Cognitive Function, Habitual Gait Speed, and Late-Life Disability in the National Health and Nutrition Examination Survey (NHANES) 1999–2002Kuo H.-K.a, b · Leveille S.G.d · Yu Y.-H.c · Milberg W.P.e
aDivision of Gerontology Research, National Health Research Institutes, bDepartment of Internal Medicine, National Taiwan University Hospital, and cNational Yang-Ming University, Taipei, Taiwan, ROC; dDepartment of Medicine, Beth Israel Deaconess Medical Center and Harvard Medical School, Boston, Mass., and eGeriatric Neuropsychology Laboratory, Geriatric, Research, Education and Clinical Center (GRECC), Brockton/West Roxbury Department of Veterans Affairs Medical Center, Boston, Mass., USA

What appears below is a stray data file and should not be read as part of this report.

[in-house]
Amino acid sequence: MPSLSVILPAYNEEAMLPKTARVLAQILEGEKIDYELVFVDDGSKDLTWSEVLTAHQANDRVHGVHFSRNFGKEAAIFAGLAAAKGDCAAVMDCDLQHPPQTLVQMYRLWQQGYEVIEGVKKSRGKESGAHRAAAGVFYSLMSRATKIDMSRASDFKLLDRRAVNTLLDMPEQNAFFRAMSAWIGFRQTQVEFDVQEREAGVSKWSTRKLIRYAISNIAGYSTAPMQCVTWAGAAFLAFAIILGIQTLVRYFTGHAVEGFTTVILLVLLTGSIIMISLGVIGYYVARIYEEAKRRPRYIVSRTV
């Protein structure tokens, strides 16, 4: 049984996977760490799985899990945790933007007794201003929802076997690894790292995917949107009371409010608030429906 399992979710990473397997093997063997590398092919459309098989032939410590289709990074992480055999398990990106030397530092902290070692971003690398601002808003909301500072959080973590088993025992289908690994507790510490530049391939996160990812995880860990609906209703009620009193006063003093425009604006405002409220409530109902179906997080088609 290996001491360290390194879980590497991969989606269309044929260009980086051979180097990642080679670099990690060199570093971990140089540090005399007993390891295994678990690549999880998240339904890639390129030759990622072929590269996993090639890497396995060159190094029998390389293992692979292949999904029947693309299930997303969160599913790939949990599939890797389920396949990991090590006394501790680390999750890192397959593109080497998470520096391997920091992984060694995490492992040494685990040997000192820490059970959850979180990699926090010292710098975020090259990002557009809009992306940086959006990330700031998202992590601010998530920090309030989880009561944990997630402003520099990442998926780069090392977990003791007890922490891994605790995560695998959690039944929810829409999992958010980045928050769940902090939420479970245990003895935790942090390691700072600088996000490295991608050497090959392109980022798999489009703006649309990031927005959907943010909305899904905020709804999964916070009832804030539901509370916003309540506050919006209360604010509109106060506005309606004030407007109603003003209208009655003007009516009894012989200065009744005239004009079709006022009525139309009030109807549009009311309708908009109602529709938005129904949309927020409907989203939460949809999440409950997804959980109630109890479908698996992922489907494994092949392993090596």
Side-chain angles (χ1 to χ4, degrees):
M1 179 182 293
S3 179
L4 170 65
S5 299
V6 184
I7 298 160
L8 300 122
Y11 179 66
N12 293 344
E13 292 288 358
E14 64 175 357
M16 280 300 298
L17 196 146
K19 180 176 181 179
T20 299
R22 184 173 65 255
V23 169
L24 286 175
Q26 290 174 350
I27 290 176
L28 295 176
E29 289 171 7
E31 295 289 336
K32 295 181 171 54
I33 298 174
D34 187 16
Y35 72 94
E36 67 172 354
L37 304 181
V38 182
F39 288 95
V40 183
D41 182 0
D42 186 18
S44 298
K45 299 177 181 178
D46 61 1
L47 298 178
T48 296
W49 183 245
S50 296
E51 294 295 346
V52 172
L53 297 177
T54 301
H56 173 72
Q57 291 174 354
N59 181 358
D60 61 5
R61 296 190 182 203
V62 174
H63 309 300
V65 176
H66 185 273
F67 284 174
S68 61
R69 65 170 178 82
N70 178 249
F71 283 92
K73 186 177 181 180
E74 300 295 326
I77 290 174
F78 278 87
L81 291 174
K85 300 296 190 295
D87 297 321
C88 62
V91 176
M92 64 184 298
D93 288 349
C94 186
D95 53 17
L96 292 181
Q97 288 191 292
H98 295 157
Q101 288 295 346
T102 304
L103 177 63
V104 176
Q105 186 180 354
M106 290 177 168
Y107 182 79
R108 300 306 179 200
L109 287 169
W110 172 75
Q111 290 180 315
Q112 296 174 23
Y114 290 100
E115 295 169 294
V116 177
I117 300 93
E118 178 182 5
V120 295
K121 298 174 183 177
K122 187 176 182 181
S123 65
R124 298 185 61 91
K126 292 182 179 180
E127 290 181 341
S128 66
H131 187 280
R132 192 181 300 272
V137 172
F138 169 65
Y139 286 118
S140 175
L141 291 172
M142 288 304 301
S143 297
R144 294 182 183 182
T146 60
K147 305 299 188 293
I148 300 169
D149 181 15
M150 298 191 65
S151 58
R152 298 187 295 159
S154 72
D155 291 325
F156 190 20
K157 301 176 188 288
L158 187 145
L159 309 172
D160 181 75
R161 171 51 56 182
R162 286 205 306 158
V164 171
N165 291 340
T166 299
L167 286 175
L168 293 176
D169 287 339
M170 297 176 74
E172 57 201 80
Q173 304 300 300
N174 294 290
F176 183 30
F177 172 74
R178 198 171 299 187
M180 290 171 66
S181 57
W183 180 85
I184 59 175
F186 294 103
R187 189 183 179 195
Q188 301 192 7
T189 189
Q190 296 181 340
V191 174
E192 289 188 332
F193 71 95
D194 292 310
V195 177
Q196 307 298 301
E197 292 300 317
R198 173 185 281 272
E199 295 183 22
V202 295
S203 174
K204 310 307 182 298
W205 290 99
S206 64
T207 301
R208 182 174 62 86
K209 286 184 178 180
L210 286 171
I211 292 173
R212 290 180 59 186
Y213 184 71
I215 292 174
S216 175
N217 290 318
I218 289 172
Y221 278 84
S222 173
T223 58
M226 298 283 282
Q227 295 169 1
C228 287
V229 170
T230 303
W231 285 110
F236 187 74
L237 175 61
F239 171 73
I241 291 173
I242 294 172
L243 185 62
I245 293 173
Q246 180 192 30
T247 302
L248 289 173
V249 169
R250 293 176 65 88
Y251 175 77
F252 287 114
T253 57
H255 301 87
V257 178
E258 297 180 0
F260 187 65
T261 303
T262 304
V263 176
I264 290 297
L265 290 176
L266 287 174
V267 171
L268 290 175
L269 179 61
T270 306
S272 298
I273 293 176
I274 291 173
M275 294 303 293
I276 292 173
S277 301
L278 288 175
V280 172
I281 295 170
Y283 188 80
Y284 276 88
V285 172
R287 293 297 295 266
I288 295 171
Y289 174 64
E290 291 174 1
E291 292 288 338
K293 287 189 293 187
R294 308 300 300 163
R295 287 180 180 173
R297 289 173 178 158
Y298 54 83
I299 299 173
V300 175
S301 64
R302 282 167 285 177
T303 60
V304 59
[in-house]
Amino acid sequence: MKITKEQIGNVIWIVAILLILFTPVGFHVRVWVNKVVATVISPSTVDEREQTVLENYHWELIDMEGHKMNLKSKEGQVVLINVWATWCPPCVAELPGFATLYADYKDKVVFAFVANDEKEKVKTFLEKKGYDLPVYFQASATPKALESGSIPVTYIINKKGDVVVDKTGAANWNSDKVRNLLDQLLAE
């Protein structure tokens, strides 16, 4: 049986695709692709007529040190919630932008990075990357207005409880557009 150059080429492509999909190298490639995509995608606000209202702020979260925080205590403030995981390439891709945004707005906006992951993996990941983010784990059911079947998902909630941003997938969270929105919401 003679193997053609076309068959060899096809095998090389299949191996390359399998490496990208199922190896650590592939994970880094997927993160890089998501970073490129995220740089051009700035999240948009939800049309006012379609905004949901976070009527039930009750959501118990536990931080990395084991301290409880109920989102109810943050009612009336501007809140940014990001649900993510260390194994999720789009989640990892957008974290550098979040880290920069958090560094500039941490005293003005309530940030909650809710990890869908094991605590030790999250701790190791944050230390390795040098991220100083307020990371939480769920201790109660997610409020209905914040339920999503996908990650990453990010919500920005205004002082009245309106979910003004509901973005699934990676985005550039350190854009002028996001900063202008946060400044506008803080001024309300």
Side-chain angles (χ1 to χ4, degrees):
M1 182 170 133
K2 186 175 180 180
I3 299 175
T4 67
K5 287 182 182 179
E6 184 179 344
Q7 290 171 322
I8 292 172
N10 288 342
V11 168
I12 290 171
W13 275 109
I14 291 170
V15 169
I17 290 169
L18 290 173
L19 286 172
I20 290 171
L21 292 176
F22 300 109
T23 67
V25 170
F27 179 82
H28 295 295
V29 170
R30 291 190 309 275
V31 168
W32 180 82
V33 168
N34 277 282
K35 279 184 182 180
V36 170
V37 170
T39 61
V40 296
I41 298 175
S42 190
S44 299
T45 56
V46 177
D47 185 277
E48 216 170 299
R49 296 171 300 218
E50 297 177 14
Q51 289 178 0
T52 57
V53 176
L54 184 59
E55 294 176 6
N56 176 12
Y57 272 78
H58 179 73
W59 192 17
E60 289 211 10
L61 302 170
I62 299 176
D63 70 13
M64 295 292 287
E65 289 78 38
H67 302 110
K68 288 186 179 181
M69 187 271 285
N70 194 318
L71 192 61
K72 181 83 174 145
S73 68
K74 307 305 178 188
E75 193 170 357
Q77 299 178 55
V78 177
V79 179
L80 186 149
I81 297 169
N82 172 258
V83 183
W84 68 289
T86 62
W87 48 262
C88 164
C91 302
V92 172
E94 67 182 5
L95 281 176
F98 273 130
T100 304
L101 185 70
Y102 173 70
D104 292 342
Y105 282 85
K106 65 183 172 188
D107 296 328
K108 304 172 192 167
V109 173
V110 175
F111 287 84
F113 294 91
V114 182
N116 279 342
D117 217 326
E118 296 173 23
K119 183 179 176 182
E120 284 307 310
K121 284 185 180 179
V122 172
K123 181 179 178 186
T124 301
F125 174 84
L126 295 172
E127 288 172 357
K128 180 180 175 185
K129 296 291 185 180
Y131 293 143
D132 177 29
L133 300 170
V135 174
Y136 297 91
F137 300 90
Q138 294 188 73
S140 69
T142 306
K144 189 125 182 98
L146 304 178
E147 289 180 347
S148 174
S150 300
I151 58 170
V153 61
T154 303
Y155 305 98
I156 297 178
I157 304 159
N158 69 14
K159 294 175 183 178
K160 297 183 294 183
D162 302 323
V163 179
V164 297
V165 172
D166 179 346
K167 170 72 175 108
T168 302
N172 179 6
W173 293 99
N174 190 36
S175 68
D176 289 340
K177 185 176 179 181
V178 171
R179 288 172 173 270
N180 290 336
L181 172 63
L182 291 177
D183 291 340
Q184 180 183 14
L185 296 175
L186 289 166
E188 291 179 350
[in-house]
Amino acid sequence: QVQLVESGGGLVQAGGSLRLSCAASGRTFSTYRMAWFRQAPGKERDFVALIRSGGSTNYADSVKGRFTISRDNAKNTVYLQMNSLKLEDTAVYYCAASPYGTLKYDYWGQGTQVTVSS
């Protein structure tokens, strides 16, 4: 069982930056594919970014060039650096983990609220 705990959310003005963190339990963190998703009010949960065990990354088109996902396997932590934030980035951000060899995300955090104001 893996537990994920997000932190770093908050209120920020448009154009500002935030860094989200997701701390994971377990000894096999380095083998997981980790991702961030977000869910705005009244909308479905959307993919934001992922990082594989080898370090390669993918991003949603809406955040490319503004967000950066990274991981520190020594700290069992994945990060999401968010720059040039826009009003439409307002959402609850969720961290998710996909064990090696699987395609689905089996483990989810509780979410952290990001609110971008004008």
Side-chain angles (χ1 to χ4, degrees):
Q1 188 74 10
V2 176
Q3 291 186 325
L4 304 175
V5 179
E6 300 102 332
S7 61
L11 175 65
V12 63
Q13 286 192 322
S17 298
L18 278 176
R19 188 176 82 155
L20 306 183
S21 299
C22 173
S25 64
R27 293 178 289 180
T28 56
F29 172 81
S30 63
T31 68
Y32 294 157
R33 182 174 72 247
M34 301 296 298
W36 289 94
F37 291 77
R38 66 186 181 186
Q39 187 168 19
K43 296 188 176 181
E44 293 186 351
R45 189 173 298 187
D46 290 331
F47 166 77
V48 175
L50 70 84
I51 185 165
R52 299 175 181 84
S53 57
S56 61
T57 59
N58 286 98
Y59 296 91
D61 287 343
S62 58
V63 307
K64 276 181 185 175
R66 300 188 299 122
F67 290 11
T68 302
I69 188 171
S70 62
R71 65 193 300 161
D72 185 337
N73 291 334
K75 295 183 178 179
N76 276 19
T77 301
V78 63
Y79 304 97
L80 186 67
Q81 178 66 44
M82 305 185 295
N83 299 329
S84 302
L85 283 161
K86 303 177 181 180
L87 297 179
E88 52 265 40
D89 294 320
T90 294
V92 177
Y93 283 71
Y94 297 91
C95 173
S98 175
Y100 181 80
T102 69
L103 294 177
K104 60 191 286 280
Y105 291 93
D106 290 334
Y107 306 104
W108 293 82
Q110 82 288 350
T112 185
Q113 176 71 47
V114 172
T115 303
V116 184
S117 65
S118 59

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Background: Both cognitive function and gait speed are important correlates of disability. However, little is known about the combined effect of cognitive function and gait speed on multiple domains of disability as well as about the role of gait speed in the association between cognitive function and late-life disability. Objective: To investigate (1) how cognition and habitual gait speed are related to late-life disability; (2) the role of habitual gait speed in the cognitiondisability association; and (3) the combined effect of cognitive function and habitual gait speed on late-life disability. Method: Participants (>60 years, n = 2,481) were from the National Health and Nutrition Examination Survey 1999–2002. Disability in activities of daily living (ADL), instrumental ADL (IADL), leisure and social activities (LSA), and lower extremity mobility (LEM) was obtained by self-report. Cognitive function was measured by a 2-min timed Digit Symbol Substitution Test (DSST), an executive function measure from the Wechsler Adult Intelligence Test. Habitual gait speed was obtained from a 20-foot timed walk. Multiple logistic regression was used to assess the association between cognitive function and disability. Results: Cognitive function was associated with decreased likelihood for disability in each domain. The odds ratios (ORs) for disability in ADL, IADL, LSA, and LEM for each standard deviation (SD) increase in the DSST score were 0.47 (95% confidence interval [CI] = 0.34–0.64), 0.53 (95% CI = 0.42–0.67), 0.61 (95% CI = 0.47–0.79), and 0.73 (95% CI = 0.61–0.86), respectively, in the multi-variable models. After additional adjustment for habitual gait speed in the cognition-disability relationship, DSST score was no longer a significant correlate for LSA and LEM disability. The strength of the association between DSST score and disability in ADL/IADL was also diminished. The attenuated association between cognition and disability implies that limitation in gait speed likely mediates the association between cognitive function and disability. We found additive effects of cognition and habitual gait speed on late-life disability. The OR of disability in respective domains were lowest among participants with high-DSST score (high executive function) and with high gait speed. In contrast, the OR tended to be highest among participants with low-DSST score (low executive function) and low gait speed. Conclusion: Cognitive function was associated with multiple domains of disability. There was a joint effect of cognitive function and gait speed on late-life disability. This study also suggested that habitual gait speed partially mediated the inverse association between cognitive function and late-life disability, providing a mechanistic explanation in the context of disablement process.
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